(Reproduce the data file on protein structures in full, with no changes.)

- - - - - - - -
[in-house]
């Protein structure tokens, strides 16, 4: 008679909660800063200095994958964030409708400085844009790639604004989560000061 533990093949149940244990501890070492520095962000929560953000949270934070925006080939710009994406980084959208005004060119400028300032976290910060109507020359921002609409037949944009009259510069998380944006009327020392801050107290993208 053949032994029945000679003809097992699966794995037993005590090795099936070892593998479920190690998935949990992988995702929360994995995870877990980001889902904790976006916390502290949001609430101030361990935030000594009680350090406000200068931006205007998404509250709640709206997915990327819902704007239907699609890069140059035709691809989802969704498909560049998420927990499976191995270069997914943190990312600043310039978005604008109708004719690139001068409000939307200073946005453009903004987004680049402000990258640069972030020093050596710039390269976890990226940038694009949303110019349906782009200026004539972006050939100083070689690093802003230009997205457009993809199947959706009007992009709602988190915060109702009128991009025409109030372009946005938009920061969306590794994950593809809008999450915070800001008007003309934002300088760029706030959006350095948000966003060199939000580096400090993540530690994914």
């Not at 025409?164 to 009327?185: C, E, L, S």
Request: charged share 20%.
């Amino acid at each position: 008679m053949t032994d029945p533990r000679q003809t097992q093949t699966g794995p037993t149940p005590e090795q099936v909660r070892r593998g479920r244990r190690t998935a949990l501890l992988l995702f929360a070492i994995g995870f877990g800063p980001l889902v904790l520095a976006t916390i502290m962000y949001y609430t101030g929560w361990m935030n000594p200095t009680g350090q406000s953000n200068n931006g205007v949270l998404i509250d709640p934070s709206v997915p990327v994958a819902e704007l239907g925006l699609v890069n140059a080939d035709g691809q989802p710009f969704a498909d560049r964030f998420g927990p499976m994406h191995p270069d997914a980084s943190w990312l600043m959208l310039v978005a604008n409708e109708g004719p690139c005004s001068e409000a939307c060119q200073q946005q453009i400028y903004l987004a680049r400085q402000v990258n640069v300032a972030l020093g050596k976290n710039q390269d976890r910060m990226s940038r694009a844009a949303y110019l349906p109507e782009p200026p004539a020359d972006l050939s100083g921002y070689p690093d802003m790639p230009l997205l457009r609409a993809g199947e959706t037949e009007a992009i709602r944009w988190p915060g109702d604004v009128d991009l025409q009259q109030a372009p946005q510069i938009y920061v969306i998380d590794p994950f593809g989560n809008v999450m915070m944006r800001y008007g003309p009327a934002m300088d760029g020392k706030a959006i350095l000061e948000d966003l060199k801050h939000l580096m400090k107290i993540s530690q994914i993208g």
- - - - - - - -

[in-house]
């Protein structure tokens, strides 16, 4: 008679909660800063200095994958964030409708400085844009790639604004989560000061 533990093949149940244990501890070492520095962000929560953000949270934070925006080939710009994406980084959208005004060119400028300032976290910060109507020359921002609409037949944009009259510069998380944006009327020392801050107290993208 053949032994029945000679003809097992699966794995037993005590090795099936070892593998479920190690998935949990992988995702929360994995995870877990980001889902904790976006916390502290949001609430101030361990935030000594009680350090406000200068931006205007998404509250709640709206997915990327819902704007239907699609890069140059035709691809989802969704498909560049998420927990499976191995270069997914943190990312600043310039978005604008109708004719690139001068409000939307200073946005453009903004987004680049402000990258640069972030020093050596710039390269976890990226940038694009949303110019349906782009200026004539972006050939100083070689690093802003230009997205457009993809199947959706009007992009709602988190915060109702009128991009025409109030372009946005938009920061969306590794994950593809809008999450915070800001008007003309934002300088760029706030959006350095948000966003060199939000580096400090993540530690994914």
């Not at 025409?164 to 009327?185: C, E, L, S």
Request: charged share 20%.
């Amino acid at each position: 008679m053949t032994d029945p533990r000679q003809t097992q093949t699966g794995p037993t149940p005590e090795q099936v909660r070892r593998g479920r244990r190690t998935a949990l501890l992988l995702f929360a070492i994995g995870f877990g800063p980001l889902v904790l520095a976006t916390i502290m962000y949001y609430t101030g929560w361990m935030n000594p200095t009680g350090q406000s953000n200068n931006g205007v949270l998404i509250d709640p934070s709206v997915p990327v994958a819902e704007l239907g925006l699609v890069n140059a080939d035709g691809q989802p710009f969704a498909d560049r964030f998420g927990p499976m994406h191995p270069d997914a980084s943190w990312l600043m959208l310039v978005a604008n409708e109708g004719p690139c005004s001068e409000a939307c060119q200073q946005q453009i400028y903004l987004a680049r400085q402000v990258n640069v300032a972030l020093g050596k976290n710039q390269d976890r910060m990226s940038r694009a844009a949303y110019l349906p109507e782009p200026p004539a020359d972006l050939s100083g921002y070689p690093d802003m790639p230009l997205l457009r609409a993809g199947e959706t037949e009007a992009i709602r944009w988190p915060g109702d604004v009128d991009l025409q009259q109030a372009p946005q510069i938009y920061v969306i998380d590794p994950f593809g989560n809008v999450m915070m944006r800001y008007g003309p009327a934002m300088d760029g020392k706030a959006i350095l000061e948000d966003l060199k801050h939000l580096m400090k107290i993540s530690q994914i993208g």